Tuesday, January 18, 2011

Local Versus Federal Government and Thomas Jefferson




Michael Makovi responded to my previous post, arguing in favor of localized government, such as school boards, saying:


I am more comfortable with a town or some such having a government that engages in coercion and social engineering, because I figure two things:

(1) It is VERY easy to move from one town to another, and
(2) With people you actually KNOW personally, it is very easy to have an implicit social contract. If you live in Meah Shearim, it is easy to argue that you accepted the Haredism of that place, more than one can argue that you accept Washington because you live in the US. A contract can be either implicit or explicit. In fact, I think minhag ha-maqom is nothing other than an implicit contract. But notice that in Jewish history, it was only ever applied to a town; every town had its own.

Now, that doesn't mean a town SHOULD impose coercion. It just means that if it does, it is easier to justify that coercion, all other things being equal. All the other ways we evaluate government actions will apply the same, but the element of coercion will be easier to answer. So it would probably be a bad idea for a small town to burn witches, but it would be better than a Washington directing the same.



Interestingly enough, another friend of mine with strong libertarian inclinations responded in opposition of local government.


You appear to reject the idea that the government has any right to require any education, but you mention that school boards are the least coercive type of entity because they are accountable to voters. That is simply wrong. Yes, voters can vote out school boards. However, since the stakes for most voters are so small, most people don't go to the trouble of voting. Because of that established interests such as teachers unions or religious groups are easily able to take control of those entities. That was the case in NYC until recently.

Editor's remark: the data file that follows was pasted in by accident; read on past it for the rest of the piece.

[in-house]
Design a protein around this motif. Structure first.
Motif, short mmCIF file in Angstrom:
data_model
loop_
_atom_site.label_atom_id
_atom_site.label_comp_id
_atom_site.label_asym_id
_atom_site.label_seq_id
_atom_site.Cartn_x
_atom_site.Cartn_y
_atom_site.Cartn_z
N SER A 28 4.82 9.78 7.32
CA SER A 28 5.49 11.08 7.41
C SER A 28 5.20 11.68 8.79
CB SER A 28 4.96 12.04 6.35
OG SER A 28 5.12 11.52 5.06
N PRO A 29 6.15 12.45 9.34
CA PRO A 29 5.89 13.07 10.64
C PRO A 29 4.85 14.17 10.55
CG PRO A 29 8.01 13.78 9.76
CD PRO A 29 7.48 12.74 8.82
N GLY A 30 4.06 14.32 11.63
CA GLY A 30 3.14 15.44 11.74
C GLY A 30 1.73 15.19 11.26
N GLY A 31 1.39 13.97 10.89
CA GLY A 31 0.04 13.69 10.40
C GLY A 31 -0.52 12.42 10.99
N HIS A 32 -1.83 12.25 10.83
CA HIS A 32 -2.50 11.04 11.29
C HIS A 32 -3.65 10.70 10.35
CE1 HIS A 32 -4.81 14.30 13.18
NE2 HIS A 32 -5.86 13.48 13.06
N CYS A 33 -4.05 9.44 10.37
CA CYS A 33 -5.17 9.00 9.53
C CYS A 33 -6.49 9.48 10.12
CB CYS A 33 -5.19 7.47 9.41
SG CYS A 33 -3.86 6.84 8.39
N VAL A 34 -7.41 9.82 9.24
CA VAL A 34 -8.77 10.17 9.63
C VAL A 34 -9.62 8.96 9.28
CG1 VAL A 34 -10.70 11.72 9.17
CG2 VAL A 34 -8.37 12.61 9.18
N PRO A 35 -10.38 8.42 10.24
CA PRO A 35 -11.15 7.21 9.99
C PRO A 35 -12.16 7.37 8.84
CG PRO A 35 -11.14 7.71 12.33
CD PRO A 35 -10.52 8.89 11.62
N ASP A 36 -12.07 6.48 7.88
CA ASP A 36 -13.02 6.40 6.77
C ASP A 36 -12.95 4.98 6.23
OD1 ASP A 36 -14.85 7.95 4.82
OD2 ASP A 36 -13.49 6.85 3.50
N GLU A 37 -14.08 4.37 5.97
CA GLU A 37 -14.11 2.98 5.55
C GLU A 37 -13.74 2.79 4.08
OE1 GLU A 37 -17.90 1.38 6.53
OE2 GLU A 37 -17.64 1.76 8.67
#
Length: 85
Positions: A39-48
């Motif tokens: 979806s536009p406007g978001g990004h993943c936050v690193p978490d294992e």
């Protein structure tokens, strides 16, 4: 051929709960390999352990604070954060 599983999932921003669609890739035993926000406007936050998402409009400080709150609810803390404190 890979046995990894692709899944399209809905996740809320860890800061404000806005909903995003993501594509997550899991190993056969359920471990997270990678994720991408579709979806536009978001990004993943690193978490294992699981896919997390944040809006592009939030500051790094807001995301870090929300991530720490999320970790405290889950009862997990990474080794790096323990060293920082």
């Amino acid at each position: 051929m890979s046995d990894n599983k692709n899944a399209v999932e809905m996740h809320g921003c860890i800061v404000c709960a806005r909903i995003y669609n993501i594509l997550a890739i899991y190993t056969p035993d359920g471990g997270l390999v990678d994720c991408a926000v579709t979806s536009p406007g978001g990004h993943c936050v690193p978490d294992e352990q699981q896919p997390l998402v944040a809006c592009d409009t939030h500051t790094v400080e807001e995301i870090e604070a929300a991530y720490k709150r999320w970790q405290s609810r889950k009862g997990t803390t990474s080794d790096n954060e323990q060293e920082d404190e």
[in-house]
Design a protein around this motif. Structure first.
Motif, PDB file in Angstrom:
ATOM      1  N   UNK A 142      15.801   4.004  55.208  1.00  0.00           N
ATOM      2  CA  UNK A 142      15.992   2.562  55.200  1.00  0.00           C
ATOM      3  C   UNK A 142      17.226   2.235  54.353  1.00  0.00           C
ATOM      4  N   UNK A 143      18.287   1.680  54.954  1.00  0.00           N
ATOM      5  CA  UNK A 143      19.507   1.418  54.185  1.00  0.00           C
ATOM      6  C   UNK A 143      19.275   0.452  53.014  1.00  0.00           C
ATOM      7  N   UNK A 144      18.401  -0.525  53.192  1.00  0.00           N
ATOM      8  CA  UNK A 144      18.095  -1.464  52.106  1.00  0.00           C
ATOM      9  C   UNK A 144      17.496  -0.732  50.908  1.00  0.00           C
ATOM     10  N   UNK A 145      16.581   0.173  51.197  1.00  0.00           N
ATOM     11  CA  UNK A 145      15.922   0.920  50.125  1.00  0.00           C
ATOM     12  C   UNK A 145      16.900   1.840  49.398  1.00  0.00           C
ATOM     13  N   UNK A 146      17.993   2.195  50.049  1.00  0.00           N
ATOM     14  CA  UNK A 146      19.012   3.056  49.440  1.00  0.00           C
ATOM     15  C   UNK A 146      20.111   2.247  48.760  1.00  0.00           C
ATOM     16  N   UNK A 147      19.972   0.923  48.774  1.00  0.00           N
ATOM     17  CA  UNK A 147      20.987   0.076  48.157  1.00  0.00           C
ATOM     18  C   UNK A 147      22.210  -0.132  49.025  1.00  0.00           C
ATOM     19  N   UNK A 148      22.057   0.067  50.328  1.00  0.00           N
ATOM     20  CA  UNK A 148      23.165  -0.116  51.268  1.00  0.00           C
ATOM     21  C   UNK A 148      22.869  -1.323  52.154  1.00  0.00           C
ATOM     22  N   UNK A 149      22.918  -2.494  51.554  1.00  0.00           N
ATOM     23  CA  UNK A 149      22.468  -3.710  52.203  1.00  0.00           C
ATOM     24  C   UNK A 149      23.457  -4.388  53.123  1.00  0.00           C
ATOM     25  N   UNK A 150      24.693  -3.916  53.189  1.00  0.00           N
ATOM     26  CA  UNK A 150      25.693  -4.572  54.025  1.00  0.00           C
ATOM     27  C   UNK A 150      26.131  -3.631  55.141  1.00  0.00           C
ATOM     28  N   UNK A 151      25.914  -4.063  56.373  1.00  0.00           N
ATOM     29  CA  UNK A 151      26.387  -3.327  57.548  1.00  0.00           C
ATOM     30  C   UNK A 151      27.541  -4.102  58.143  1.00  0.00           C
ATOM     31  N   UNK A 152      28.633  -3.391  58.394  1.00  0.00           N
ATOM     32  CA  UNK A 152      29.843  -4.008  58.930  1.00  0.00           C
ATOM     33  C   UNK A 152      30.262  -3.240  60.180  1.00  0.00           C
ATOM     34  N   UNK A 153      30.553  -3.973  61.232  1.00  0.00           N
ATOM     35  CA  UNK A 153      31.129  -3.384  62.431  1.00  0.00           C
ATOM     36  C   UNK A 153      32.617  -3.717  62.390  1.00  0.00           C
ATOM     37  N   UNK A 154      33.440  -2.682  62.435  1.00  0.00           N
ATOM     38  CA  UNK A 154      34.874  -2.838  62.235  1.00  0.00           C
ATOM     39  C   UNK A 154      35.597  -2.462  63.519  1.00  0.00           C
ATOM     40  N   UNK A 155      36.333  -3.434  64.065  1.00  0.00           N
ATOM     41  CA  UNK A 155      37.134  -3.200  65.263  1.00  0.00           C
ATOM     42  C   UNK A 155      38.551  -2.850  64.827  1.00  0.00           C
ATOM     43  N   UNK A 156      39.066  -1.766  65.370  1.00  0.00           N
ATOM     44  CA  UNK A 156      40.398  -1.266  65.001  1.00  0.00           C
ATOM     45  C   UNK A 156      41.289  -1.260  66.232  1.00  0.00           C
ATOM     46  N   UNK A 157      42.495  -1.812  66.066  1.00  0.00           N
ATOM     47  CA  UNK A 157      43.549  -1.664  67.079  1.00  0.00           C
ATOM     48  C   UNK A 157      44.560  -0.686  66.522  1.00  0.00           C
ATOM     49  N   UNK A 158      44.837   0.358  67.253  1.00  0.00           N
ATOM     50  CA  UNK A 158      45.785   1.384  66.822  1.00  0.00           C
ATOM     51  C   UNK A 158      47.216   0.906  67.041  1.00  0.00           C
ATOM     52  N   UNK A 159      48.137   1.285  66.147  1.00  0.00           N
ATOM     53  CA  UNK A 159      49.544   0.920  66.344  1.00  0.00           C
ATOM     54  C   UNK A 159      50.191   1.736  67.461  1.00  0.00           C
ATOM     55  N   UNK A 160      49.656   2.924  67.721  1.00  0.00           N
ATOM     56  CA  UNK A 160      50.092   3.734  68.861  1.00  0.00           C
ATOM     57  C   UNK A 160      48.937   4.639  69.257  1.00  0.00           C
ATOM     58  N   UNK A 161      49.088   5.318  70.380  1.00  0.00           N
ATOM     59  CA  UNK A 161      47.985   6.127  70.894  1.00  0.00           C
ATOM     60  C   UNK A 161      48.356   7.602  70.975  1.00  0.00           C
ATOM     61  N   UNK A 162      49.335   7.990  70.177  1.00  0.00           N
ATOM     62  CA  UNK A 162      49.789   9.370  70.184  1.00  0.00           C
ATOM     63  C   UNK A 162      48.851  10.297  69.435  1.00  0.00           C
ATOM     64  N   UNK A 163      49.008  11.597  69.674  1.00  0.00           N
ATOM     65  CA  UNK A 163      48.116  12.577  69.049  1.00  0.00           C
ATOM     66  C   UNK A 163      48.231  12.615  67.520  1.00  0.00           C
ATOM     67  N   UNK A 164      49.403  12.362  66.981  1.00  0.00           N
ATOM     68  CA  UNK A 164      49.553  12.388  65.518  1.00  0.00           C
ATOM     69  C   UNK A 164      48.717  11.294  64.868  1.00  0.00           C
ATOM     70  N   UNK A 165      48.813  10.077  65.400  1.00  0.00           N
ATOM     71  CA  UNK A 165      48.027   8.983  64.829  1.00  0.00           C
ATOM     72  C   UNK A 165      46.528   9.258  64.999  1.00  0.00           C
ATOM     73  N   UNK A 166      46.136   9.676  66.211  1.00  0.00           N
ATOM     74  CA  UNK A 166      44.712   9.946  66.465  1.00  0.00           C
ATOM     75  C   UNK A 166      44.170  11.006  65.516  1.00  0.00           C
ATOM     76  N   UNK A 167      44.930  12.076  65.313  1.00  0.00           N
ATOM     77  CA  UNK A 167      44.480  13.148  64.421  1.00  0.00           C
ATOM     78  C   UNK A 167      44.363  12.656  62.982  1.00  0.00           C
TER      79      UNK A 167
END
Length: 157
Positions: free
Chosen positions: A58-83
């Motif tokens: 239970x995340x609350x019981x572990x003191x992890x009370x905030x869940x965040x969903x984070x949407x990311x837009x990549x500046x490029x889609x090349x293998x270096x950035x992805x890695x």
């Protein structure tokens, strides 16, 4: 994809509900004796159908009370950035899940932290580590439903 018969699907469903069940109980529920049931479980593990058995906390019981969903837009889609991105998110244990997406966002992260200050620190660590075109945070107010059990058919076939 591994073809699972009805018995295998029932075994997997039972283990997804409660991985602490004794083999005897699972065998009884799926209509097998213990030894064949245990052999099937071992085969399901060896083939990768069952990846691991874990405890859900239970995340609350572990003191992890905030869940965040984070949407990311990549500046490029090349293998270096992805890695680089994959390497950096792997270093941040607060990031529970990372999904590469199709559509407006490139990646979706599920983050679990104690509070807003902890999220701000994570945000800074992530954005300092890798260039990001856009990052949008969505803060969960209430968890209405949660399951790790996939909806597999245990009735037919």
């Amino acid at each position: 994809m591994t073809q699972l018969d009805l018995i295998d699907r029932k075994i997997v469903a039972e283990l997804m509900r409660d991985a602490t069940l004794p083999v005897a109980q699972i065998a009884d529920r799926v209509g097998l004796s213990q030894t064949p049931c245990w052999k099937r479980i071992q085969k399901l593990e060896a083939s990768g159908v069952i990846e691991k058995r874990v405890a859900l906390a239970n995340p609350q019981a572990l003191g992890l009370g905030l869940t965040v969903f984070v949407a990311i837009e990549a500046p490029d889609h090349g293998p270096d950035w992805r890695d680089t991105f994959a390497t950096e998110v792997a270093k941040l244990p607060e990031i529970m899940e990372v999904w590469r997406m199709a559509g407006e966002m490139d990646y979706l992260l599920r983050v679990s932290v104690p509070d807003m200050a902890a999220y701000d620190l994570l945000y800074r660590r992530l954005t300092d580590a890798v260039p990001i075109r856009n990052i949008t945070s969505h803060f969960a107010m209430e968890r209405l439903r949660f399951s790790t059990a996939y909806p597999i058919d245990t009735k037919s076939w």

Once you start talking about a governmental body involved in education, you are talking about something that you view as "second best," rather than a true libertarian state. I would argue that by your lights an education department that established a curriculum (as I described in my previous post) that could be taught by any school without regard to what they teach otherwise (Torah, Koran, etc. ) is likely to be better than a school board that is elected. I would also argue that fundamentalist would be able to live with this curriculum. They can teach evolution as a theory, even if they don't accept it.  


As with most libertarians, I am inclined to see local government as the lesser of government evil because it involves the minimal use of coercion. One way to think of my libertarianism is as a two track system, federal and local. My libertarianism extends only to the federal level. As we move down the system my libertarianism fades away and I am willing to grant government a wider range of authority. Since local governments have little coercive power they become almost like non-government entities in practice and I am willing to accept them as a pragmatic compromise. My ideal solution would be to officially declare all local governments to not be governments at all but privately owned corporate entities. For example I am a big admirer of Disney in how well it runs it theme parks. I would have no problem with moving to a Disney owned city and agree to live by the rules it might choose to make such as no drinking, swearing or wearing gang related symbols.